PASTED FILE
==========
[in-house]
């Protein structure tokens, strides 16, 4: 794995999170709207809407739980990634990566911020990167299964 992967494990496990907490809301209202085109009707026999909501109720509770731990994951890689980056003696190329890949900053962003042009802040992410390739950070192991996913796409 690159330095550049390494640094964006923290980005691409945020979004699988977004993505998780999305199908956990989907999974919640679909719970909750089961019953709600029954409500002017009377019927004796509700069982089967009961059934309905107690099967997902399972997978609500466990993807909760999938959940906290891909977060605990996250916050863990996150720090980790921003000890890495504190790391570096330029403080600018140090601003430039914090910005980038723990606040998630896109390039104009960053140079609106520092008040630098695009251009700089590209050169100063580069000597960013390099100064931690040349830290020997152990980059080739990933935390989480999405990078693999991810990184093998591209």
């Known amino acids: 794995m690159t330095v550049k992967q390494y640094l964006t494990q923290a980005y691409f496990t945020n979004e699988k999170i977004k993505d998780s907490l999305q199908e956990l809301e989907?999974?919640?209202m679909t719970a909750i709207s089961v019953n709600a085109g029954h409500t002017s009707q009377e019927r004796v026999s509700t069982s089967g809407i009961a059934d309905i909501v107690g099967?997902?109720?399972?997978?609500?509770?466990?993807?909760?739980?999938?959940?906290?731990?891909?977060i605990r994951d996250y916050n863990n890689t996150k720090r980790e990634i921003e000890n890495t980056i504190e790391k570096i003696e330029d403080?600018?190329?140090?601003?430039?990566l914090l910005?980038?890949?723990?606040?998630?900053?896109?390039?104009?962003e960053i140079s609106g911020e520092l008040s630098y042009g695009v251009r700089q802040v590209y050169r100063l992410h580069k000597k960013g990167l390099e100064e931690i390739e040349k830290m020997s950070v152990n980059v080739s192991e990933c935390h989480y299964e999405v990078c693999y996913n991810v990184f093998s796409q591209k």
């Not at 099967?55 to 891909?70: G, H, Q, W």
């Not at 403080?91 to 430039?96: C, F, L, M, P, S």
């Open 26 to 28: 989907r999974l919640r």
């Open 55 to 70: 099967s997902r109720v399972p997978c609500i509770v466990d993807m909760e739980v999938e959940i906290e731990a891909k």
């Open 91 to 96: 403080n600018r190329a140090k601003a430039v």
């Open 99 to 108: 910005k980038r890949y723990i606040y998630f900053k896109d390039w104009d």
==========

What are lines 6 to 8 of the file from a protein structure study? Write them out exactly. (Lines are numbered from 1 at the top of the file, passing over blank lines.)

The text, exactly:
């Open 26 to 28: 989907r999974l919640r």
């Open 55 to 70: 099967s997902r109720v399972p997978c609500i509770v466990d993807m909760e739980v999938e959940i906290e731990a891909k």
């Open 91 to 96: 403080n600018r190329a140090k601003a430039v």